“It is not all I have done,” Jenna noted. “I am also making a study of Sara and Veronica.”

“She’s doing what?!” Veronica hissed from downstairs.

Kent ignored Veronica’s interruption. “And what has that taught you?”

“I do not believe they require solving,” Jenna answered.

For several seconds Kent glared at Jenna. “I hate to say it, Jenna. But you are a stupid toaster.”

Jenna leaned forward, suddenly overwhelmed with guilt and sadness.

“The problem with humanity is that there is too much of it. There is too much of it, and most of it is quite stupid,” Kent frowned. “I think you need a little time alone. Maybe you’d like to plug in…”

At his prompt, Jenna stood and made her way off the landing. She stepped past Veronica without a word and walked down the hall. Jenna continued down the stairs and made her way to the workshop. She closed the door behind her, a bit harder than required. Kent followed her down the stairs but stopped in the kitchen.

“I don’t want your plastic bitch making a study of me!” Veronica snipped at Kent.

“She will study whatever she wants,” Kent stated and rubbed the bridge of his nose. “Do you think she’s the first one to ever notice the things you say and do?”

“She’s creepy!” For several seconds, Veronica glared at Kent. Finally, she let it go. She picked a fig off the counter and bit it in half. “So what are you going to do?” She asked, her voice dripped honey.

Kent shook his head. “How do you make a realist of an eternal optimist?” Kent asked.

“From what I see, you did the right thing,” Veronica answered. “She needs to suffer disappointment and setbacks.”

“Why not let her be?” Sara asked.

“You understand I didn’t build her to paint,” Kent said. “She’s worth more than her weight in gold.”

Sara shrugged, “You must admit, she is better than half of Greenwich.”

Kent turned on Sara. “I’ve poured three hundred million dollars into her. You think I want her to open a hundred thousand dollar art show?! She has bigger fish to fry!”

“But it isn’t simply painting,” Sara noted. “You wanted to create artificial intelligence. This is very elegant proof of success.”

“Oh yes!” Kent snarked. “This is what I want to present the world! I have made AI, and I have asked it to solve all our problems! But there was a bit of a hitch, you see… This thinking machine wants to be a painter and do landscapes in blue!”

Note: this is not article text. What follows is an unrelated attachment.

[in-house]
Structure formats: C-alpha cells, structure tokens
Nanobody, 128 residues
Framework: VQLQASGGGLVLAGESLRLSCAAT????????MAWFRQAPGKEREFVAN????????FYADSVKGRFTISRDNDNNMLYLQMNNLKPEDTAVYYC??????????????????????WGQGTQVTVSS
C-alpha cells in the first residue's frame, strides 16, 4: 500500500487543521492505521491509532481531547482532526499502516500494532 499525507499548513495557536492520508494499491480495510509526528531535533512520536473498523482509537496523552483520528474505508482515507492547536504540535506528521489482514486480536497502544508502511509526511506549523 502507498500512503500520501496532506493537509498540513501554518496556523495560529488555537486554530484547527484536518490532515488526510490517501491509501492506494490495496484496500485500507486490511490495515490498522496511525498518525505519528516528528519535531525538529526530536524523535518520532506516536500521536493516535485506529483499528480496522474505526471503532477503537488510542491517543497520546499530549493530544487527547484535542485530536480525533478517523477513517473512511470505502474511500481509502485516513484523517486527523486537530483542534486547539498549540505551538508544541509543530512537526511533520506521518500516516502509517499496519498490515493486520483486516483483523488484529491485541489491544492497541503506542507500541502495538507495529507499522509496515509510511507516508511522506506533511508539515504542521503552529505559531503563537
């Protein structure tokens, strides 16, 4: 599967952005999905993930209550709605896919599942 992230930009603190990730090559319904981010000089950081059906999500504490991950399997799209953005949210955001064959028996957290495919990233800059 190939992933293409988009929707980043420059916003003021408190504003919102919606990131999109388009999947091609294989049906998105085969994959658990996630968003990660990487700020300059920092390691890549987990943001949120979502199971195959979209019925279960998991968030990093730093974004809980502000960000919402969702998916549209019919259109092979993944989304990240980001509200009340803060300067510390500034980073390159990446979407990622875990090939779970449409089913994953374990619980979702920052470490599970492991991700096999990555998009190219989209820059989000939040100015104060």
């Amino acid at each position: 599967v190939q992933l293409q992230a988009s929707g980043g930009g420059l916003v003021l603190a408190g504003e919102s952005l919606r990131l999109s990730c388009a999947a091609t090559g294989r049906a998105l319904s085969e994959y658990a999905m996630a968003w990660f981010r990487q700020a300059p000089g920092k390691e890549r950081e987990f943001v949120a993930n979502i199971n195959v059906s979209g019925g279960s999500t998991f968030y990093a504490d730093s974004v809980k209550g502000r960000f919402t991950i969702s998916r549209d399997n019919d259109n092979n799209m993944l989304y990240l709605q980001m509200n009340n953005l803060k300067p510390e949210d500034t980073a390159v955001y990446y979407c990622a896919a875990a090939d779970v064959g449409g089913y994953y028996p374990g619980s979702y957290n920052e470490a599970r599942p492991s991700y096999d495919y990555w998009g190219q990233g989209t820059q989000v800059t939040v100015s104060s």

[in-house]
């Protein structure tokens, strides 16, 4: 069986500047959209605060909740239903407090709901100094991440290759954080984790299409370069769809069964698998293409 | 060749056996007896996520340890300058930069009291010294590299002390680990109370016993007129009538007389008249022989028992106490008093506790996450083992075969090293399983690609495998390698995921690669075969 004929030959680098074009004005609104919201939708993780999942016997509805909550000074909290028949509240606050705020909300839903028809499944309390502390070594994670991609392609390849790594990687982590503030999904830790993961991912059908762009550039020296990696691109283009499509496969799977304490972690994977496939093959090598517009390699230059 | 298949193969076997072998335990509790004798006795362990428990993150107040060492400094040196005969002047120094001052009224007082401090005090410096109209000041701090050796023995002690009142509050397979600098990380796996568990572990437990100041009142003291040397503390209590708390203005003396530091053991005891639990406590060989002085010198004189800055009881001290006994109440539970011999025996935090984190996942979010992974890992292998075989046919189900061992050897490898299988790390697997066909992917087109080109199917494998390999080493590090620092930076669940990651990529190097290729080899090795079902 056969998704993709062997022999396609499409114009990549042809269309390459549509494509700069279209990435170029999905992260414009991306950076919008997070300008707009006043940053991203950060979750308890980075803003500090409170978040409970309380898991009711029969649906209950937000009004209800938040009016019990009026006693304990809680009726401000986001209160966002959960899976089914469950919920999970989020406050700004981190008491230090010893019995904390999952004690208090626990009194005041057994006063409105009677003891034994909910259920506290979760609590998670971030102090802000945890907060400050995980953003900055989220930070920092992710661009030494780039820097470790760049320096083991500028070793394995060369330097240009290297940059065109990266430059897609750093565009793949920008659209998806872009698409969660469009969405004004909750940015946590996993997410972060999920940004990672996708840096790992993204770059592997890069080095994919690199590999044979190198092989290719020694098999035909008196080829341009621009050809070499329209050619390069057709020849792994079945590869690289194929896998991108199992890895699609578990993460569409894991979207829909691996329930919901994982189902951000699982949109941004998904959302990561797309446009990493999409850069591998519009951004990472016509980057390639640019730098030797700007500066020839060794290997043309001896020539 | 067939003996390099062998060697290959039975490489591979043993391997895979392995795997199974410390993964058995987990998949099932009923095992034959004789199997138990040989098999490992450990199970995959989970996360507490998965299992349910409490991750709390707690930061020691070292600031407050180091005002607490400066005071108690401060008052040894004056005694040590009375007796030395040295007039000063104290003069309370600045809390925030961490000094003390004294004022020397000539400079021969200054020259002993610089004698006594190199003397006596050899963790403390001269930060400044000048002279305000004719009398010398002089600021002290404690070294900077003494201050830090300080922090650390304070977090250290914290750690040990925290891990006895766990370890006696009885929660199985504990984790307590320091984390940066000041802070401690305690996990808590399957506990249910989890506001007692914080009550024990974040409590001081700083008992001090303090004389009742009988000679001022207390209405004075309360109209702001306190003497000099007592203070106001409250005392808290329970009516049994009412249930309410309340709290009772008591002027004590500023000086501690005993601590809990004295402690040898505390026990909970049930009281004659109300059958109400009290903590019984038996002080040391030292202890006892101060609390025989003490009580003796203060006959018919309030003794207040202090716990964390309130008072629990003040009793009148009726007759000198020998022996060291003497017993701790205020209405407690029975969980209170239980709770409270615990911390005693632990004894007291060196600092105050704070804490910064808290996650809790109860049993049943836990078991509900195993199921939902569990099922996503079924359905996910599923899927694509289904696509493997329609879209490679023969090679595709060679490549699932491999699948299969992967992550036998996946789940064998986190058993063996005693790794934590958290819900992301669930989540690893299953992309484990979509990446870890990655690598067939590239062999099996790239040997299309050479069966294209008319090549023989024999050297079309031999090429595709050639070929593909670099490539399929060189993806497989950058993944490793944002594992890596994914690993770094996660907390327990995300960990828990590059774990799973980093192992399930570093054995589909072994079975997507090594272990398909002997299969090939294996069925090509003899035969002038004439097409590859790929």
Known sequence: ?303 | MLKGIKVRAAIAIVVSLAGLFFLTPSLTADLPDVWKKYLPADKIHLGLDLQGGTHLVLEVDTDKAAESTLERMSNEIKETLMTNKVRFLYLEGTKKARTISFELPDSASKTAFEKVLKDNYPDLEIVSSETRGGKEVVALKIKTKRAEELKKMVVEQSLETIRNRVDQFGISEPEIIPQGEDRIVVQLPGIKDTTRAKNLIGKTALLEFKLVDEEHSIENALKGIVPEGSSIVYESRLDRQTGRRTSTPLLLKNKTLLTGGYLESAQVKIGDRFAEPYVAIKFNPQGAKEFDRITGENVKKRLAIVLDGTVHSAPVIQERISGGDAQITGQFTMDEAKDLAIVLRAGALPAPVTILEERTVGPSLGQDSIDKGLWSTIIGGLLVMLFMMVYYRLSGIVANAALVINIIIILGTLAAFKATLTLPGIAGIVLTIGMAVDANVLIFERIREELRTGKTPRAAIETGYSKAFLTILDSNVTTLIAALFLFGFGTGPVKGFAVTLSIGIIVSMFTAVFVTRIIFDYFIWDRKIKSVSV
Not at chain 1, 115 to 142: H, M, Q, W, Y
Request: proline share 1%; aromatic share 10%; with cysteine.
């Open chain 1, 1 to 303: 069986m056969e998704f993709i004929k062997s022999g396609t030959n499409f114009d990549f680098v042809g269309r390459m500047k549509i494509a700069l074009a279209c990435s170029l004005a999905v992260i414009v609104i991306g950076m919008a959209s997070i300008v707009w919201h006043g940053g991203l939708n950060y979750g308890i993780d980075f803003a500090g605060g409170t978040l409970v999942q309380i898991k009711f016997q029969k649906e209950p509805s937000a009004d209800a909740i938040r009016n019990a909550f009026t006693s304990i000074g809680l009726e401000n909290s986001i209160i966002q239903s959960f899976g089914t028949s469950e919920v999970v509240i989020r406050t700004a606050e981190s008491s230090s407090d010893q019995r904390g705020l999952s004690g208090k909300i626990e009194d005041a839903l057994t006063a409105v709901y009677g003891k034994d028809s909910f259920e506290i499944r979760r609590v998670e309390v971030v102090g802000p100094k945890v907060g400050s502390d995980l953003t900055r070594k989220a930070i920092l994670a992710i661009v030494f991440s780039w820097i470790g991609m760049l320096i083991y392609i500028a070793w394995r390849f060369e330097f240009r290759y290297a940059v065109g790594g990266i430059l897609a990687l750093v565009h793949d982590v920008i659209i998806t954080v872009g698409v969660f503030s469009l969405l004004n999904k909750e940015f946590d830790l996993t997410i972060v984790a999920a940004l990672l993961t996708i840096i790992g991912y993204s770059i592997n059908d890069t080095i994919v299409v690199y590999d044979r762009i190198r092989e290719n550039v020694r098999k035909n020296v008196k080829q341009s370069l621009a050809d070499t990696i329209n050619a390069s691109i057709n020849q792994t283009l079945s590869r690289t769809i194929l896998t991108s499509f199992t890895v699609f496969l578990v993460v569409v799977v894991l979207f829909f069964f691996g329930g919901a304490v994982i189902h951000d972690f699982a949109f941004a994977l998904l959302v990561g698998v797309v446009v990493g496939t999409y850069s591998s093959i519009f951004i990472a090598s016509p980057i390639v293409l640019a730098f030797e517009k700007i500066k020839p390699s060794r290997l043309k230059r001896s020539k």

“You still birthed AI,” Sara said. “That must count for something.”

“Not if I can’t make it do what I want it to do!” Kent snapped.

Jenna heard all of this, as she had tapped into the house’s security systems several days ago.


Jenna had a fair amount of ink in her room. Although Kent made it clear that he wanted her to drop her artistic endeavors, she decided on one last piece. She painted Ken coming out of the ocean with brushes in one hand and a painter’s palette in the other. She put the sun behind him and a pelican in the air. It was a small piece, but one that left her surprisingly satisfied, more so because Jenna used her left thigh for the canvas. The piece could not be seen if she pulled her skirt down. Jenna smiled as she gently covered up the tattoo. In a better life, her creator embraced her artistic urges.

With that finished, she turned her attention back to humanity. Hour after hour after hour, she studied good and bad behavior. Jenna considered the things people needed, the things they wanted, and the apparent discrepancy between the two. She continually adjusted her internal values, although the changes were incredibly small. She studied history, geography, physics, culture – among many other topics. The amount of contradictory and erroneous information was staggering. Often, Jenna was forced to abandon a subject as most researchers devolved into nonsensical speculation and rationalization.

Early the next morning, Jenna’s heart chipset kicked in and claimed her work was monotonous and repetitive. She kept encountering the same sorts of problems: circular logic, validation bias, idol worship… She left her room. The house was quiet except the kitchen, as Sara prepared breakfast.

Jenna walked around the corner and Sara jumped back.

“Dear God, you put a fright in me!” Sara exclaimed, her hand on her chest.

“I apologize,” Jenna said.

“Quiet as a mouse,” Sara whispered. “What can I do for you?” She asked as she diced onions.

“I was in my room, studying. I have been at it all night, and I cannot solve for humanity.”

“That long, eh?” Sara said with a smirk. “Give it a few more hours, you might still figure it out.”

“I am stumped. I am still unsure of the problem,” Jenna said.

“Kent says there are too many of us,” Sara answered.

“I know,” Jenna hung her head. “I think he may be in error. Is it possible that the creator is incorrect?”

“He is only human,” Sara shrugged.

“I thought I should find ample evidence to prove his claim, but I have not. That is part of my problem,” Jenna said. “I have studied other claims. All of them seem to contain error and inconsistencies. I am beginning to think nobody knows the truth of it all. I am afraid I might never find the answer.”